This section is from the book "Practical Dietetics With Special Reference To Diet In Disease", by William Gilman Thompson. Also available from Amazon: Practical Dietetics with Special Reference to Diet in Disease.
Glycerin plays an inconspicuous role as a food. It is mainly useful for its sweetish taste as a substitute for sugar in the diet of diabetics, but to many persons the taste of glycerin itself is nauseous. It is now largely superseded by saccharin. It is highly hygroscopic, and if taken in the mouth undiluted makes the mucous membrane sticky and unpleasant, but it is used as a mouth wash in a diluted form in the proportion of a drachm to the ounce of water. The mouth may be rinsed or swabbed with it in cases of acute fever, such as typhoid, where the mucous surface has become dried or the tongue is glazed or fissured. It acts by protecting the mucous membrane from evaporation, making the mouth more comfortable. In such cases it sometimes diminishes thirst, although its effect in this respect is very uncertain. Glycerin is also laxative, and it may be given either per os or in the form of the well-known glycerin suppositories for the purpose of increasing peristaltic action and evacuating the bowels.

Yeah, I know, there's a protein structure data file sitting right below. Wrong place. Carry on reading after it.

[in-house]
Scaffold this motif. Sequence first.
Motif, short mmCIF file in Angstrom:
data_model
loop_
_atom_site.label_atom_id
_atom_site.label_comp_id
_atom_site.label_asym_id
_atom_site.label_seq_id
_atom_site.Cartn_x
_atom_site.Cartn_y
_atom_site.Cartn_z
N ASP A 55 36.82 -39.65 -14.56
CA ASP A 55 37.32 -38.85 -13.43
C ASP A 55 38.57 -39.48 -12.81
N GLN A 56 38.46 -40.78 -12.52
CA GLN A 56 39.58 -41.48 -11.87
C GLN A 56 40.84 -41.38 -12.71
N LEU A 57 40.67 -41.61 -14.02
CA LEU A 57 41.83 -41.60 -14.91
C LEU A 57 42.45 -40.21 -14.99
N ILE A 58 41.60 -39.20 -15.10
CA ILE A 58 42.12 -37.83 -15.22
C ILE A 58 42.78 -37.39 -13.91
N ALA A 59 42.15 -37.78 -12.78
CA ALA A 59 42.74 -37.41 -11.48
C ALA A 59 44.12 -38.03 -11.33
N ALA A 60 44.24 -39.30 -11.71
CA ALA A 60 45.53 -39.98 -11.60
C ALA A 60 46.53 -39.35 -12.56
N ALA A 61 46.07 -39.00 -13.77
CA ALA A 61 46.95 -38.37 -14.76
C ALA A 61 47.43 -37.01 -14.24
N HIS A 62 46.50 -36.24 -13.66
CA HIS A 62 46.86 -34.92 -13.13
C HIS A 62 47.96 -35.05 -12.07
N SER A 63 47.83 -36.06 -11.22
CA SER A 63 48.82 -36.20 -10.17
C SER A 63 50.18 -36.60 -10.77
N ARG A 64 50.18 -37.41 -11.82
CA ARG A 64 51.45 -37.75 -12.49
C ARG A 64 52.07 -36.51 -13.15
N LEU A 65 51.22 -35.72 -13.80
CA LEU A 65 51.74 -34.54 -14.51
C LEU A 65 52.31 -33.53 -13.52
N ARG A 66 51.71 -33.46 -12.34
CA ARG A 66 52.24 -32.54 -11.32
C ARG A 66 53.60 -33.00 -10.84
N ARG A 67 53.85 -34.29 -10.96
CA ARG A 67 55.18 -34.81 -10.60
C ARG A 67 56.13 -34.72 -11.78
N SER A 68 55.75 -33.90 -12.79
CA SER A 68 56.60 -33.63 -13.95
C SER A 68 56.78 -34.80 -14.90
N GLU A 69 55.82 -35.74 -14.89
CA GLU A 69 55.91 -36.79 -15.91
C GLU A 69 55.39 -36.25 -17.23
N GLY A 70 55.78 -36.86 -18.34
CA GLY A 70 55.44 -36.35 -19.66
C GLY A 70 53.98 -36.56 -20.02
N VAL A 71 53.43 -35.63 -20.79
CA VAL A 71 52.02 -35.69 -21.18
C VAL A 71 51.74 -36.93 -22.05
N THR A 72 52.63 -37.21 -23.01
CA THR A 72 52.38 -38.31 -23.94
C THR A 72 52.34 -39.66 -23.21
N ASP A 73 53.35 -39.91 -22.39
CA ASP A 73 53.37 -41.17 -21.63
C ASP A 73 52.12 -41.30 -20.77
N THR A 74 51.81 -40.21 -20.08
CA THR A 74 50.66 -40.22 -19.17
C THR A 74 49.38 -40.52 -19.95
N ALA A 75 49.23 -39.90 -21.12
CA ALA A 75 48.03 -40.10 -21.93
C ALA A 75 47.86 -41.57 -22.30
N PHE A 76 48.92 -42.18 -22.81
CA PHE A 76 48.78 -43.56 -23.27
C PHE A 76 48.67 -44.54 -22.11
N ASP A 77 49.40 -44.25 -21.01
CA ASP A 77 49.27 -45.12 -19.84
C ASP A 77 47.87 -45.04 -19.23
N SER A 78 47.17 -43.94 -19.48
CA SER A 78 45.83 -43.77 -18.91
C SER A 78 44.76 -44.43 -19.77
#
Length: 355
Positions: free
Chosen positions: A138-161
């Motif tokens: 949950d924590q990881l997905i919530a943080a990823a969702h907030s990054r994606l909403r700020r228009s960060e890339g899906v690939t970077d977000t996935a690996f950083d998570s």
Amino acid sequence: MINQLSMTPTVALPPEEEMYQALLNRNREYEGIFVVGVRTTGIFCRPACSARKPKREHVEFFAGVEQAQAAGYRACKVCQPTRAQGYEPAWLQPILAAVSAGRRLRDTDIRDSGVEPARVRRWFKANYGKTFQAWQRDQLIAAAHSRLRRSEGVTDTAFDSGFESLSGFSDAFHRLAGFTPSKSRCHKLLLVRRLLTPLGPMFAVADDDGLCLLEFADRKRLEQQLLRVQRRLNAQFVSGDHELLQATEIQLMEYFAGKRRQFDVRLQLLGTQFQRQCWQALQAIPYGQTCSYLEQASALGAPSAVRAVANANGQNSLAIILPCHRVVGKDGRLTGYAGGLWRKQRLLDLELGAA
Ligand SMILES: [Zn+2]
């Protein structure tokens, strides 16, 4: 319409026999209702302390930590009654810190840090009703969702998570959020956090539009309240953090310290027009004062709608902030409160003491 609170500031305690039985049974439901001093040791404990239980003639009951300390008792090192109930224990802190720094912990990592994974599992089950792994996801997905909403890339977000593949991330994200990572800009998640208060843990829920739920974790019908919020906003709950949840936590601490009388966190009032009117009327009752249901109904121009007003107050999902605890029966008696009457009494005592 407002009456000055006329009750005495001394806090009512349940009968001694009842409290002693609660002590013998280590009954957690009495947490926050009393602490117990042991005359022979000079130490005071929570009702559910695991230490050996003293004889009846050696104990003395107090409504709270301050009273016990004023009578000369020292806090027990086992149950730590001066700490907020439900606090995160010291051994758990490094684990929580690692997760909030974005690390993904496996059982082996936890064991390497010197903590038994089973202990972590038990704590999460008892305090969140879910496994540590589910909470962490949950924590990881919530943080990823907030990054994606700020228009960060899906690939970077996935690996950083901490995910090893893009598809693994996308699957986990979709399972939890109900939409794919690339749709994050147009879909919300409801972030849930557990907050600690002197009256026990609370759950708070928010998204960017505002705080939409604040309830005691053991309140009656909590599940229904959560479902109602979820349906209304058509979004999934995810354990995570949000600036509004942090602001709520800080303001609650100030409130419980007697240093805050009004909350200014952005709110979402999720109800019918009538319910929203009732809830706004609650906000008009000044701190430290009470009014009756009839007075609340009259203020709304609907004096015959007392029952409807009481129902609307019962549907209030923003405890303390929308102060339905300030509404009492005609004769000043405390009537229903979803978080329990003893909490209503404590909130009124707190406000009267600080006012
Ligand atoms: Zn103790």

It is also used as an enema.